Charles Lutwidge Dodgson, better known by the pen name Lewis Carroll, was an English author, mathematician, logician, Anglican clergyman and photographer. His most famous writings are Alice’s Adventures in Wonderland and its sequel Through the Looking-Glass as well as the poems “The Hunting of the Snark” and “Jabberwocky”, all considered to be within the genre of literary nonsense. His facility at word play, logic, and fantasy has delighted audiences ranging from the most naive to the most sophisticated. His works have remained popular since they were published and have influenced not only children’s literature, but also a number of major 20th century writers such as James Joyce and Jorge Luis Borges.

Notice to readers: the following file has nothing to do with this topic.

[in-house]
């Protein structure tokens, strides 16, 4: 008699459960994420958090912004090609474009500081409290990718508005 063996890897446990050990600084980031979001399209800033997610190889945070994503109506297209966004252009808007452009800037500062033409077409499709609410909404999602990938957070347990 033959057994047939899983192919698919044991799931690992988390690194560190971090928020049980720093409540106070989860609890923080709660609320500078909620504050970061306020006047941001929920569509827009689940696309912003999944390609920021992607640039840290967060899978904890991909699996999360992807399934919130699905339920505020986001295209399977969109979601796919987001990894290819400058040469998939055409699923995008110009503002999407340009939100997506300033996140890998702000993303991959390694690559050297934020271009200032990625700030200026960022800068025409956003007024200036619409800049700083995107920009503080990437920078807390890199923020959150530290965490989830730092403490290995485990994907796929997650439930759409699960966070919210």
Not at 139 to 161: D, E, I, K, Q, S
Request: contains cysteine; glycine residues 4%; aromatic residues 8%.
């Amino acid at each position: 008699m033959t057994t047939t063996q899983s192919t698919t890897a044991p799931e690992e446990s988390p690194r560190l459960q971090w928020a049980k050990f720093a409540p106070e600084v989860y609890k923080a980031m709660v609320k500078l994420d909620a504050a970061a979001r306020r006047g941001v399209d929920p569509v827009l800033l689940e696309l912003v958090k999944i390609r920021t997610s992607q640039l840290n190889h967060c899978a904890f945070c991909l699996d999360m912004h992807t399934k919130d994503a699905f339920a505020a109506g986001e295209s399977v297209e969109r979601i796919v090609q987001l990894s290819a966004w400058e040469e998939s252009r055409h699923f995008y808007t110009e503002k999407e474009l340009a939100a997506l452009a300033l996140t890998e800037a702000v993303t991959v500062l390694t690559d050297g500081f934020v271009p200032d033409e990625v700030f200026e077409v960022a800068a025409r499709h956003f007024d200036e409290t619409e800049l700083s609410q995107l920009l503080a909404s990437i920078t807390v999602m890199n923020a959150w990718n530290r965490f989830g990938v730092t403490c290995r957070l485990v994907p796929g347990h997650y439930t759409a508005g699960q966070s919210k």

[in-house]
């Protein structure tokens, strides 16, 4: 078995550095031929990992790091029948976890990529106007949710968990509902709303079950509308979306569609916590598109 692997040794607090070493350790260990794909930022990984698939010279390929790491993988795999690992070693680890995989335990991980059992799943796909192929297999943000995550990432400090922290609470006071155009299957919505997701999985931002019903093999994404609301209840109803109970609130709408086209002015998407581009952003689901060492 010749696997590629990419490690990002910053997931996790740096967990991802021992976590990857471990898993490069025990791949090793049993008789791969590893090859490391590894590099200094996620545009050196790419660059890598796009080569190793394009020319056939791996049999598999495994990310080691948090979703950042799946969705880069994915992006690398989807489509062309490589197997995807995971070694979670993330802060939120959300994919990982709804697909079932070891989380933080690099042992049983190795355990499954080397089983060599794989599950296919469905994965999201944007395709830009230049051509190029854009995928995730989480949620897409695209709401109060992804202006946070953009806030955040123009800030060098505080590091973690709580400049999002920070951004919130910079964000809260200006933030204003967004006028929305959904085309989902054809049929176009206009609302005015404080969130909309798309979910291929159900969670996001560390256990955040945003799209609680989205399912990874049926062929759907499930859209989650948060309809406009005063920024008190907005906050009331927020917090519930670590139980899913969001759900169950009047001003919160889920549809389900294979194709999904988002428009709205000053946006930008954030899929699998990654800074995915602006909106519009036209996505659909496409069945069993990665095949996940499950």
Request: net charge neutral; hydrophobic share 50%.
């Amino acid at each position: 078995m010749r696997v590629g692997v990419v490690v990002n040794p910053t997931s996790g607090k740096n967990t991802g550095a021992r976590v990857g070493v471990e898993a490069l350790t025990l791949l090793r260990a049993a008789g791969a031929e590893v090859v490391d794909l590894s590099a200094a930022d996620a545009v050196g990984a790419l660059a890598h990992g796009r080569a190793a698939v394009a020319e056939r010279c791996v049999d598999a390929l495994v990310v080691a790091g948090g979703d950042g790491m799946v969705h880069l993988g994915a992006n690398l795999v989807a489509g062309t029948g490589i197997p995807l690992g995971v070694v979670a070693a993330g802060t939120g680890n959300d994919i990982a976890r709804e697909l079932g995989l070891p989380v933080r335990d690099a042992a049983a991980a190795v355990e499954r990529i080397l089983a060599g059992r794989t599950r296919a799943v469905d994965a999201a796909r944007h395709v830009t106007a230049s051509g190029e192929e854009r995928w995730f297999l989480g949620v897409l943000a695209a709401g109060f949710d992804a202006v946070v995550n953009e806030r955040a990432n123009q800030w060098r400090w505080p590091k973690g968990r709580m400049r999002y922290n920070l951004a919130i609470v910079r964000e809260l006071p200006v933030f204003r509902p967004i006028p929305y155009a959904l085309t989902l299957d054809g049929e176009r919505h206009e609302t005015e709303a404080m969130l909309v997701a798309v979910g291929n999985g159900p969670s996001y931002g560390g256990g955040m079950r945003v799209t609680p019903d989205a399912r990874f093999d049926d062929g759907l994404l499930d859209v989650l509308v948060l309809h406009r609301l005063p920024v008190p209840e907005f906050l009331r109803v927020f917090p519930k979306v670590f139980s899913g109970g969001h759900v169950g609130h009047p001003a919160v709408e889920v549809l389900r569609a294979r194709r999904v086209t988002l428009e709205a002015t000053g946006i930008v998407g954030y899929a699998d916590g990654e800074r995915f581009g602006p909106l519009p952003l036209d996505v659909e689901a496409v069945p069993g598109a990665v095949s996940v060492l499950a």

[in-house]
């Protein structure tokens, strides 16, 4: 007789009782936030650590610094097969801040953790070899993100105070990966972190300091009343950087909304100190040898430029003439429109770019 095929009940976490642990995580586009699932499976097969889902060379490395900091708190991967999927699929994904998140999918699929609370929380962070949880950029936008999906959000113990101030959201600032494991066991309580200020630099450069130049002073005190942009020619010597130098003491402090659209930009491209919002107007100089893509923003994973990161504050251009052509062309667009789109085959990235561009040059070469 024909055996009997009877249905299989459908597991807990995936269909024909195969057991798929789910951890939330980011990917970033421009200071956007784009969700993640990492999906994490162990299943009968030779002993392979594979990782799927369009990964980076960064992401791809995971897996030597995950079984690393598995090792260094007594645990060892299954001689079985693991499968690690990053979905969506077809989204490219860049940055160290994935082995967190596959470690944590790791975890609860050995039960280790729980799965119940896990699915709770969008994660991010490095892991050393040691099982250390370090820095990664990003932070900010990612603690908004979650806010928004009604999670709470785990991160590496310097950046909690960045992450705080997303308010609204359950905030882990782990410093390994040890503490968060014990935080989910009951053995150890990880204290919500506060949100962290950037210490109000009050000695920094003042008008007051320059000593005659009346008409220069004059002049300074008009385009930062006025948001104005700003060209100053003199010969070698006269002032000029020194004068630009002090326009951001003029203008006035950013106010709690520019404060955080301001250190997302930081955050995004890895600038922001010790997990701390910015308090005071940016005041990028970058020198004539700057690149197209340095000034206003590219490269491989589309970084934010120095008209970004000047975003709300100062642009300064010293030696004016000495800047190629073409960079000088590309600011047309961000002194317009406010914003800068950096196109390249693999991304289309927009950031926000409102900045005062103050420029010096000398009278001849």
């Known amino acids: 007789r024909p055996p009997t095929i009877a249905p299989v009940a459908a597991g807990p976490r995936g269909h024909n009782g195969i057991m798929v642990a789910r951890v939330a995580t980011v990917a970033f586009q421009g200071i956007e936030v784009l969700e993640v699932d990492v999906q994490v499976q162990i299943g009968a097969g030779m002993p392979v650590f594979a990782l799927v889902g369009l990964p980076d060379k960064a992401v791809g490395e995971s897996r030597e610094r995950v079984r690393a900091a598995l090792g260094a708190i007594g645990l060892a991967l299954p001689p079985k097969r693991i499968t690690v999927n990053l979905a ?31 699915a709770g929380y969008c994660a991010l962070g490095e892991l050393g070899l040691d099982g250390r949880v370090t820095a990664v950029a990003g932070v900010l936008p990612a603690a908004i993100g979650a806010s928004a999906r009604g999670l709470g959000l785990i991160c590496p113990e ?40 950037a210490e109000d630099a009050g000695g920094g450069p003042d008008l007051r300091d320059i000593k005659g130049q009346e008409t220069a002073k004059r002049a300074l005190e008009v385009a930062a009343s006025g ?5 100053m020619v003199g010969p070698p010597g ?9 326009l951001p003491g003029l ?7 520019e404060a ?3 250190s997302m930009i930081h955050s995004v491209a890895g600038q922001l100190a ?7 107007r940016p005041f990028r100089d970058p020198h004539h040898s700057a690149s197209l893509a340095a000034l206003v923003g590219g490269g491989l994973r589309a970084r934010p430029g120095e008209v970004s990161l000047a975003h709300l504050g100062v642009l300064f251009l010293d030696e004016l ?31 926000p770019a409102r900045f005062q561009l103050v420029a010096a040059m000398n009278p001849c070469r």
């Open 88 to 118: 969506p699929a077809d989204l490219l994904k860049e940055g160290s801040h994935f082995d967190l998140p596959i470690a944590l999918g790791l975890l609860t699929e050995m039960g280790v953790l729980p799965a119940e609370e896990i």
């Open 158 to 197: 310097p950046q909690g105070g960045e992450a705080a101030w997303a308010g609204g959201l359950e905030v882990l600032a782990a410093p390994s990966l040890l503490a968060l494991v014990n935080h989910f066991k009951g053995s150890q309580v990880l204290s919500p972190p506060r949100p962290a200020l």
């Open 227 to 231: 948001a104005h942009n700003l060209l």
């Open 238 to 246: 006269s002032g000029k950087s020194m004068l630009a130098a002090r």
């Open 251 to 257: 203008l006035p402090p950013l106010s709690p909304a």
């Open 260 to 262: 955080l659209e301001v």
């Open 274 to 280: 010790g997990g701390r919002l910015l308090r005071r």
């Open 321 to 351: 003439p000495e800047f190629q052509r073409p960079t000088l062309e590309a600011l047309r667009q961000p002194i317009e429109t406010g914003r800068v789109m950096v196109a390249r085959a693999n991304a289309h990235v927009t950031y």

In 1865 Alice’s Adventures in Wonderland was published under the pen-name of Lewis Carroll. With the immediate, phenomenal success of Alice, the story of the author’s life becomes effectively divided in two: the continuing story of Dodgson’s real life and the evolving myth surrounding “Lewis Carroll.” Carroll quickly became a rich and detailed alter ego, a persona as famous and deeply embedded in the popular psyche as the story he told. It is undisputed that throughout his growing wealth and fame, he continued to teach at Christ Church until 1881, and that he remained in residence there until his death. (source: Wikipedia)